Robots may be the wave of the future, but it will be a pretty chaotic future if they don't learn to work together. This cooperative approach is known as swarm robotics and in a first in the field, a team of engineers has demonstrated a swarm of intelligent aquatic surface robots that can operate together in a real-world environment. Using "Darwinian" learning, the robots are designed to teach themselves how to cooperate in carrying out a task.
A major problem facing the navies of the world is that as ships become more sophisticated they also become much more expensive. They are packed with highly trained personnel that cannot be put at risk, except in the most extreme circumstances, and even the most advanced ship suffers from not being able to be in two places at once.
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One solution to this dilemma is to augment the ships with swarms of robot boats that can act as auxiliary fleets at much lower cost and without risk of life. The tricky bit is figuring out how to get this swarm to carry out missions without turning into a robotic version of the Keystone Cops. The approach being pursued by a team from the Institute of Telecommunications at University Institute of Lisbon and the University of Lisbon in Portugal is to rely on self-learning robots.
Led by Dr. Anders Christensen, the team recently demonstrated how up to ten robots can operate together to complete various tasks. The small robots are made of CNC-machined polystyrene foam and 3D-printed components at a materials cost of about €300 (US$330). The electronics pack include GPS, compass, Wi-Fi, and a Raspberry Pi 2 computer. However, the key is their decentralized programming.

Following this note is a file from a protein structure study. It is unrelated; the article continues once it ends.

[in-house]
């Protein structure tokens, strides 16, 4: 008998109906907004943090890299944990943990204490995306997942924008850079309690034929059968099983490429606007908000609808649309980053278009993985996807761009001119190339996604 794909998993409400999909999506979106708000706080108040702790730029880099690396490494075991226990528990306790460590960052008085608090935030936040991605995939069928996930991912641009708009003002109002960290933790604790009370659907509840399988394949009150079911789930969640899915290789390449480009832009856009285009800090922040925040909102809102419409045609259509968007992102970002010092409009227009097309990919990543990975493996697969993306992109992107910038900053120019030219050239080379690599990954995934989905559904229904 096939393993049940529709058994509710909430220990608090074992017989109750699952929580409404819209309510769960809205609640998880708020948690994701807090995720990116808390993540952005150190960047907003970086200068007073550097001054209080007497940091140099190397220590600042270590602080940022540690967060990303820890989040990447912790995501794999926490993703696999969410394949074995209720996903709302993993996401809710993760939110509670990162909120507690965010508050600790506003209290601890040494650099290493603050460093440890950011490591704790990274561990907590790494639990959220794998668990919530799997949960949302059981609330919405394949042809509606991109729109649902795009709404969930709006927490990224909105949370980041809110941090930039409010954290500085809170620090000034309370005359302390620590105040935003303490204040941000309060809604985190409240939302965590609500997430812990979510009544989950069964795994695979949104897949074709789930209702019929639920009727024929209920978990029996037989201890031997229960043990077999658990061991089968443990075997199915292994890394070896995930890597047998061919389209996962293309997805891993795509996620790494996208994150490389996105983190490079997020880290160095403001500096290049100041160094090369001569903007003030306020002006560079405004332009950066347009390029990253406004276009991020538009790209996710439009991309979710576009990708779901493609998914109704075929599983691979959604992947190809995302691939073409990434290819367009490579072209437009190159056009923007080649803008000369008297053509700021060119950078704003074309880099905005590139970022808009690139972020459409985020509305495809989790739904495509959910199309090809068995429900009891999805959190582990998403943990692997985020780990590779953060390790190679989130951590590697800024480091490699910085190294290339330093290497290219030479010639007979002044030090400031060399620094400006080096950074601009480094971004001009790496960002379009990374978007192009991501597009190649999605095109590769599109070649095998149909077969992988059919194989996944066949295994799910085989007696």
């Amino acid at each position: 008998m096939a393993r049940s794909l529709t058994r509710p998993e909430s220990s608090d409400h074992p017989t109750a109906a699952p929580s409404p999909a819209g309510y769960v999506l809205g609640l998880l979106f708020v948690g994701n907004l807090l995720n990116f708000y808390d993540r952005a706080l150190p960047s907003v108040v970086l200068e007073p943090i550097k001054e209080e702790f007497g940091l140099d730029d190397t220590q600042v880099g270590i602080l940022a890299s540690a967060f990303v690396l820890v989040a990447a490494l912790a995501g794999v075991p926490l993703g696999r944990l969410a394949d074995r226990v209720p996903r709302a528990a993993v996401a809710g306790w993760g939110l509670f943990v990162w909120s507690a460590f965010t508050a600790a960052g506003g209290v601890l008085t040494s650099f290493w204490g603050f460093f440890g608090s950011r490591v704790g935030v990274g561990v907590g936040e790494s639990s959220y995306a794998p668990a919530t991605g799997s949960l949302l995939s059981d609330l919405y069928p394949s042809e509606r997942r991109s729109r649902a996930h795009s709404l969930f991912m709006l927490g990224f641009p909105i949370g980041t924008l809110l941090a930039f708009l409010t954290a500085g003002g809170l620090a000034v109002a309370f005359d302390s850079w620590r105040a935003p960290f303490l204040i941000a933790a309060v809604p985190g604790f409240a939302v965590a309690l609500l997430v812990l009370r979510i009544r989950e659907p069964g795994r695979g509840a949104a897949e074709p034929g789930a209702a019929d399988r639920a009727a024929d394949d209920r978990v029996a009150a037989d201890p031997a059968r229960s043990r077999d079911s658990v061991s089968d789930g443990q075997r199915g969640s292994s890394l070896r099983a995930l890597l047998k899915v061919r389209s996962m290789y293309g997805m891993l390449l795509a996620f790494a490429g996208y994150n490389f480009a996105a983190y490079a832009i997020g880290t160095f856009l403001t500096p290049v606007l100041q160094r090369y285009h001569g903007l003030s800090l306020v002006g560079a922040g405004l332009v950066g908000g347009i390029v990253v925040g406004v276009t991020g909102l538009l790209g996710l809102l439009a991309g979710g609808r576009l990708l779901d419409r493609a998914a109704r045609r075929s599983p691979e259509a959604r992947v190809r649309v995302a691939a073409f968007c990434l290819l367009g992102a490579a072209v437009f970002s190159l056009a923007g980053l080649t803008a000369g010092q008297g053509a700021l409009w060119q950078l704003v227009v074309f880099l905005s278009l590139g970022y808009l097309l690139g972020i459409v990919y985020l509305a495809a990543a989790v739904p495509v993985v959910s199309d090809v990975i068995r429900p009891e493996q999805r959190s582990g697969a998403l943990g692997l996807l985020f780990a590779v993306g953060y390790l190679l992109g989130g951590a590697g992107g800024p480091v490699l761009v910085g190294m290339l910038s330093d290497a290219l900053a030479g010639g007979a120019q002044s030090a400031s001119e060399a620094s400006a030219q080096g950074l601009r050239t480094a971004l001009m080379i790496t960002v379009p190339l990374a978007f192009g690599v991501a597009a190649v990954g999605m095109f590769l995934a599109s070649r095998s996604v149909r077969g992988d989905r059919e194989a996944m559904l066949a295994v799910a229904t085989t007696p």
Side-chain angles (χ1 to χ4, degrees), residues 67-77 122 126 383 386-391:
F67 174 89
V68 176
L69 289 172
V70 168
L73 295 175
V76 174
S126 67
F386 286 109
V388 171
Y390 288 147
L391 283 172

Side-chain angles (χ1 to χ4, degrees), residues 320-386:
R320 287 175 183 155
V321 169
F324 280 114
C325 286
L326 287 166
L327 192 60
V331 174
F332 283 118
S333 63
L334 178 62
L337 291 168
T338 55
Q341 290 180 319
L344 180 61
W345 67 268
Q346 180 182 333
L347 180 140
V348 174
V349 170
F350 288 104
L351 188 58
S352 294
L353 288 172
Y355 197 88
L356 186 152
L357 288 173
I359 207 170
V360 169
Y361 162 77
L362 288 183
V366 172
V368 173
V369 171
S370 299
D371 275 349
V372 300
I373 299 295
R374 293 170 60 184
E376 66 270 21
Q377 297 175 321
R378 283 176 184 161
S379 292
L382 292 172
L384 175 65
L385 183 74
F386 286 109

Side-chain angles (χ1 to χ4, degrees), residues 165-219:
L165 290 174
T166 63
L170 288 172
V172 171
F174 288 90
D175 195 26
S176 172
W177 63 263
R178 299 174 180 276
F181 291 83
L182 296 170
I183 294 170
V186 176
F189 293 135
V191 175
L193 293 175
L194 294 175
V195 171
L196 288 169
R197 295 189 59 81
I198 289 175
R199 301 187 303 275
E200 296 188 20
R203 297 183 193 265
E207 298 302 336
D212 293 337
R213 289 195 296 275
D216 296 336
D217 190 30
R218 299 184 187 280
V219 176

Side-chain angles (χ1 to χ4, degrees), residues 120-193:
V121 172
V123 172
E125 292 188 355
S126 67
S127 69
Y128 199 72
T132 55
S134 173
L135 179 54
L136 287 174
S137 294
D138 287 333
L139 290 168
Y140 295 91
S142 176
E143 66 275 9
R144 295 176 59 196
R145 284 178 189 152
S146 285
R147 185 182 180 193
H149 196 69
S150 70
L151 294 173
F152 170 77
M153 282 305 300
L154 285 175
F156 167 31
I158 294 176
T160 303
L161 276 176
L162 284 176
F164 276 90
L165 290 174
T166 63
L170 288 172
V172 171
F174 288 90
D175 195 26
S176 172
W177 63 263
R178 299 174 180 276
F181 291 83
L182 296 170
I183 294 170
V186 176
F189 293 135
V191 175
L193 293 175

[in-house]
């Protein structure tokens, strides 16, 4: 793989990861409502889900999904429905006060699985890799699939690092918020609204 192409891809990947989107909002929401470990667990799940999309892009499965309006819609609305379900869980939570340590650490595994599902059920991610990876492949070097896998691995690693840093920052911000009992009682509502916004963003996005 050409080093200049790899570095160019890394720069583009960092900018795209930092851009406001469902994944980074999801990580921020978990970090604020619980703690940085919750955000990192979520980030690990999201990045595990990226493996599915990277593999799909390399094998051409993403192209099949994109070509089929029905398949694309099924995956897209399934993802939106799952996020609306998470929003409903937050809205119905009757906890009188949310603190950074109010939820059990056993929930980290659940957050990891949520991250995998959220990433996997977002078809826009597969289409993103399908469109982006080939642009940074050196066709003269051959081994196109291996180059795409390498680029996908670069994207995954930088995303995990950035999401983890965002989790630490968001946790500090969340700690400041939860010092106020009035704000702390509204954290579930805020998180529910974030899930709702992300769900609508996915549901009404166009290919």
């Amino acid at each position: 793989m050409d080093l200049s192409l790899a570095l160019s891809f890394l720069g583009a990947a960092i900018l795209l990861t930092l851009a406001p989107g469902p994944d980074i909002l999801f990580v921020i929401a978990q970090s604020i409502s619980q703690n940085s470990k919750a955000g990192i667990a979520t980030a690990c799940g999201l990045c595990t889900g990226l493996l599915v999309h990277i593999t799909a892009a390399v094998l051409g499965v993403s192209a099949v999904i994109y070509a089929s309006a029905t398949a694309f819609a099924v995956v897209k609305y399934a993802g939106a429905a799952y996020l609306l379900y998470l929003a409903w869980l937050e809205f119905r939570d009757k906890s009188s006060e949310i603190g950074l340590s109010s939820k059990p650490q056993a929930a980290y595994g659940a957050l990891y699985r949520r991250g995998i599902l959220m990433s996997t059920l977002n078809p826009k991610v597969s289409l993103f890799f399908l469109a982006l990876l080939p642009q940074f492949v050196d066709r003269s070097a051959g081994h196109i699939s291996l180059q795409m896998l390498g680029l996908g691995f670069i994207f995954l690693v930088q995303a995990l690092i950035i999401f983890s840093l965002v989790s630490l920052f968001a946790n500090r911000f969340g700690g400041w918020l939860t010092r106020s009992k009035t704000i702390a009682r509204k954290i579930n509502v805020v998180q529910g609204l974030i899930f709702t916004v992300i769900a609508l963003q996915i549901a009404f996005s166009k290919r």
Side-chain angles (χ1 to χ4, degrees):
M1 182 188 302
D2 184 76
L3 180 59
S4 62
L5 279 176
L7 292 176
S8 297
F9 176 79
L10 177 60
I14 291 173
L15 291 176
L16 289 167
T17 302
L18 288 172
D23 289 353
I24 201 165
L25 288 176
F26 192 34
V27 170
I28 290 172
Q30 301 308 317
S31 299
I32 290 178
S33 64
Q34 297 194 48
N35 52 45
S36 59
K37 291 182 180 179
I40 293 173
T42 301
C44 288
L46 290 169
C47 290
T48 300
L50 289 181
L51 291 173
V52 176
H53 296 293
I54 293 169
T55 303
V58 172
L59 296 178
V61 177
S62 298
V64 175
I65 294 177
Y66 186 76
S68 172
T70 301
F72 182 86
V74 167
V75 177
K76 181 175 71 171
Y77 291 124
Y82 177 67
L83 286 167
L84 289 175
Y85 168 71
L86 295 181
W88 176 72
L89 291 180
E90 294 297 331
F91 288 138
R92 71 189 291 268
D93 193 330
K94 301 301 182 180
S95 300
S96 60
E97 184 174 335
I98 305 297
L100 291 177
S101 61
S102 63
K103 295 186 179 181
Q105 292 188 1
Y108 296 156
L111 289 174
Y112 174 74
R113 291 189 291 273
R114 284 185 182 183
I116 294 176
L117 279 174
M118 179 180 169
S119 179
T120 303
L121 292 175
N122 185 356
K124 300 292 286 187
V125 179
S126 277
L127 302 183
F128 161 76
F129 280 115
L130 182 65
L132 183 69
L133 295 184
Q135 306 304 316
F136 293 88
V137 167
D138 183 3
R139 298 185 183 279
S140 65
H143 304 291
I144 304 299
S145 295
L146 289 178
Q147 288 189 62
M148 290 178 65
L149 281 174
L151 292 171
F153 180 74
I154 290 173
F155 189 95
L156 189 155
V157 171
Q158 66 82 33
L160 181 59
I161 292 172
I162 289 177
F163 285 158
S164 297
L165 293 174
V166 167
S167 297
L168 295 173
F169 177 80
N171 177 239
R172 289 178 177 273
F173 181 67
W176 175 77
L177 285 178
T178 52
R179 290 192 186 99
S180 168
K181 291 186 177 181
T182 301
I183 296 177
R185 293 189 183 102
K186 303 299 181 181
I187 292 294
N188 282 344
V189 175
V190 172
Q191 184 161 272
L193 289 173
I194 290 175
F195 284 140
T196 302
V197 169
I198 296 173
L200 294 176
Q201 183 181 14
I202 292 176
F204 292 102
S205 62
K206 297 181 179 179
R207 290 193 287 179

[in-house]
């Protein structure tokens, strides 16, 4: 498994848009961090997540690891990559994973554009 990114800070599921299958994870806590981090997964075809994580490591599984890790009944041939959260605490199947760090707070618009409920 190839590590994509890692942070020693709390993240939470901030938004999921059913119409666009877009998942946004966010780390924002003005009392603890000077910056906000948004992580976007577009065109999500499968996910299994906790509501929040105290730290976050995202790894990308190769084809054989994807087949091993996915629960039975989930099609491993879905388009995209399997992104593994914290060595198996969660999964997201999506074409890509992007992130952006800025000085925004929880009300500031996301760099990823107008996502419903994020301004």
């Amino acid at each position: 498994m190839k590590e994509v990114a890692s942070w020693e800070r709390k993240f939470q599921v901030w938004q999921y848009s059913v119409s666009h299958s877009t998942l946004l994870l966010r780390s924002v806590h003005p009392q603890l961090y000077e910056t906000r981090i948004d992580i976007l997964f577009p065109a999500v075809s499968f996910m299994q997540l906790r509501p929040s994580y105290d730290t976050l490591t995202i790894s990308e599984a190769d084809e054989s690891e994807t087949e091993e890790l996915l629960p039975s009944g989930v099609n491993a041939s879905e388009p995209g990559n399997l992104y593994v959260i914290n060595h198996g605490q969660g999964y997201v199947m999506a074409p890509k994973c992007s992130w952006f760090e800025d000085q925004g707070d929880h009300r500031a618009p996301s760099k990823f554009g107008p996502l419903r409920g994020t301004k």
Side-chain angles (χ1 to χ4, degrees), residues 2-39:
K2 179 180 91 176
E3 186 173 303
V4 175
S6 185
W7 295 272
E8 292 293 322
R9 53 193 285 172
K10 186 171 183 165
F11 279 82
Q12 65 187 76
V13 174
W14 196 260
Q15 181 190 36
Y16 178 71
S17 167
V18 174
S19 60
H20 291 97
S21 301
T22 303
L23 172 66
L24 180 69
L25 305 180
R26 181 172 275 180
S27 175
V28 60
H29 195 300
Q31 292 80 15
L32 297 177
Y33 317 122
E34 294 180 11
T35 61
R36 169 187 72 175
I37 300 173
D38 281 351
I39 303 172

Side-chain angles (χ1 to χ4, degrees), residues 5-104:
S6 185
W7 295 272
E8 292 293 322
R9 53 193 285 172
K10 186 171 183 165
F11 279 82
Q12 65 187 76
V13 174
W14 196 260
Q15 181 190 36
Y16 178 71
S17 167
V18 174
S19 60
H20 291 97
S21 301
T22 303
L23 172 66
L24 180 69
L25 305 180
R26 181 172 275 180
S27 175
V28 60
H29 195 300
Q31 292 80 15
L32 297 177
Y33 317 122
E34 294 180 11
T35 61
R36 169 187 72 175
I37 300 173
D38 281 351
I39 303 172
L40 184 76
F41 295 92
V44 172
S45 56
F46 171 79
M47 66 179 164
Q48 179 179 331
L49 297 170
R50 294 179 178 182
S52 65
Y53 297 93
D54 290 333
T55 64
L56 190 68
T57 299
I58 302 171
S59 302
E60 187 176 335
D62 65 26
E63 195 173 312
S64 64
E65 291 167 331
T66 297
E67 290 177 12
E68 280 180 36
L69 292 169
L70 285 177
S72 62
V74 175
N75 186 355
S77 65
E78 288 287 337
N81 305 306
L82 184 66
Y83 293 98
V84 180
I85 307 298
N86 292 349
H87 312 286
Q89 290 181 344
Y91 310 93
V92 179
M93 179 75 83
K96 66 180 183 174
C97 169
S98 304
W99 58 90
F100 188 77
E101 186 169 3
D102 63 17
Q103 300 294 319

"Swarm robotics is a paradigm shift: we rely on many small, simple, and inexpensive robots, instead of a single or a few large, complex, and expensive robots," says Christensen. "Controlling a large-scale swarm of robots cannot be done centrally. Each robot must decide for itself how to carry out the mission, and coordinate with its neighbors."
Instead of using a central computer or programming each robot individually, the swarm operates on what the team calls a Darwinian approach. In other words, each robot is equipped with a neural network that mimics the operations of a living brain. The robots are given a simple set of instructions about how to operate in relationship to one another as well as mission goals.
The robots are then allowed to interact with one another in a simulated environment and those that display successful mission behavior are allowed to proceed. The "fittest" robots from the simulations are then tested in the real world.
According to the team, the clever bit about the swarm is that, like schools of fish or flocks of birds, none of the robots know of or "care" about the other robots beyond their immediate neighbors. Instead, they react to what their immediate neighbors do as they determine the best way to fulfill their mission objectives such as area monitoring, navigation to waypoint, aggregation, and dispersion. In a sense, they learn to cooperate with one another.
The team is currently working on the next generation of aquatic robots with more advanced sensors and the ability to handle longer missions. Eventually, they could be used in swarms numbering hundreds or thousands of robots for environmental monitoring, search and rescue, and maritime surveillance.
The team's research is being peer reviewed and is available here.
The video below describes how the sea swarm works.